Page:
Solar thermal equipment developer, eSolar, has found a new chief executive from chip giant Texas Instruments.
John Van Scoter, who was in charge of TI's alternative energy strategy, is set to start his new job at eSolar on Feb. 1, 2010. Van Scoter shepherded the chipmaker's sales in the smart grid,solarand wind markets worldwide.
Solar companies have historically turned to the chip industry for leaders to rescue or expand their businesses. MiaSole hired Joseph Laia, an executive from KLA-Tencor, to be its CEO in 2007. First Solar hired Bruce Sohn, formerly with Intel, to be its president in 2007. Chris Gronet founded Solyndra in 2005 after spending 11 years at chip factory equipment maker, Applied Materials.
Van Scoter will succeed Bill Gross, who founded the company and took over the helm over the past year. Gross set out to remake the company. He was looking at selling up to 10 percent of the company, and later announced a change of business plan for the startup.
Instead of developing its own solar thermal power plants, the Pasadena, Calif.-based eSolar would focus largely on selling equipment for building those power plants, at least in the United States.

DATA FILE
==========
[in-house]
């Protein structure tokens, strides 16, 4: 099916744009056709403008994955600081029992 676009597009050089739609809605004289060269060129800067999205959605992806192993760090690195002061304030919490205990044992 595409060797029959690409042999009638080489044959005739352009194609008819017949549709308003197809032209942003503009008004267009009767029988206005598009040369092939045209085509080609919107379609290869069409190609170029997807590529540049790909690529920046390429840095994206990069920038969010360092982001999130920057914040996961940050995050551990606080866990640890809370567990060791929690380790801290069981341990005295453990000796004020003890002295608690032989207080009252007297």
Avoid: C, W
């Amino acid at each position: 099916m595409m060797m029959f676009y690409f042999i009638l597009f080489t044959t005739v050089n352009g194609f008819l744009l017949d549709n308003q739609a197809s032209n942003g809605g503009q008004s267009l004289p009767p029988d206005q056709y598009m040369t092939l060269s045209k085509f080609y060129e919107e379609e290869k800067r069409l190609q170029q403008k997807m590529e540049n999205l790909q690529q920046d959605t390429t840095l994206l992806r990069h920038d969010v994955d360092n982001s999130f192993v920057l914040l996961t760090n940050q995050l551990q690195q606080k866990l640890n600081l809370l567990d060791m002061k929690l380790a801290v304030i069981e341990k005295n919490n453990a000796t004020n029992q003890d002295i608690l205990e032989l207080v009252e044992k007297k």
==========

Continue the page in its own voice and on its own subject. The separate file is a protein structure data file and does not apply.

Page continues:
The company, founded in 2007, lined up an investor in NRG Energy, which paid $10 million for a stake in eSolar and for taking over its unfinished power plant projects.
eSolar has licensed its technology to companies outside of the U.S. It did so with Acme Group, an Indian company that also invested $30 million in eSolar. In October, eSolar said it would hire Clean Energy Solutions in Johannesburg to run its sales and distribution operation in seven countries in sub-Saharan Africa, including South Africa, Bostwana and Namibia.
eSolar hit a big milestone when it completed a 5-megawatt power plant that it had started before the change in its business plan. The company debut the Sierra SunTower plant on 20 acres in Lancaster, Calif. in August, and is selling the electricity from the plant to Southern California Edison.
The company's technology makes use of flat mirrors to concentrate and direct the sunlight to heat water for producing steam, which is then piped to a turbine for electricity generation.
The company will count on Van Scoter to executive the plans it put in place with new investors and partnerships.
Van Scoter worked for TI for 25 years. Aside from overseeing the chip company's greentech business, he also oversaw the commercialization of digital light processing technology, which is used for making high-definition televisions and projectors.
Van Scoter holds a bachelor's degree in mechanical engineering from the University of Vermont. He sits on the board of Tyco Electronics.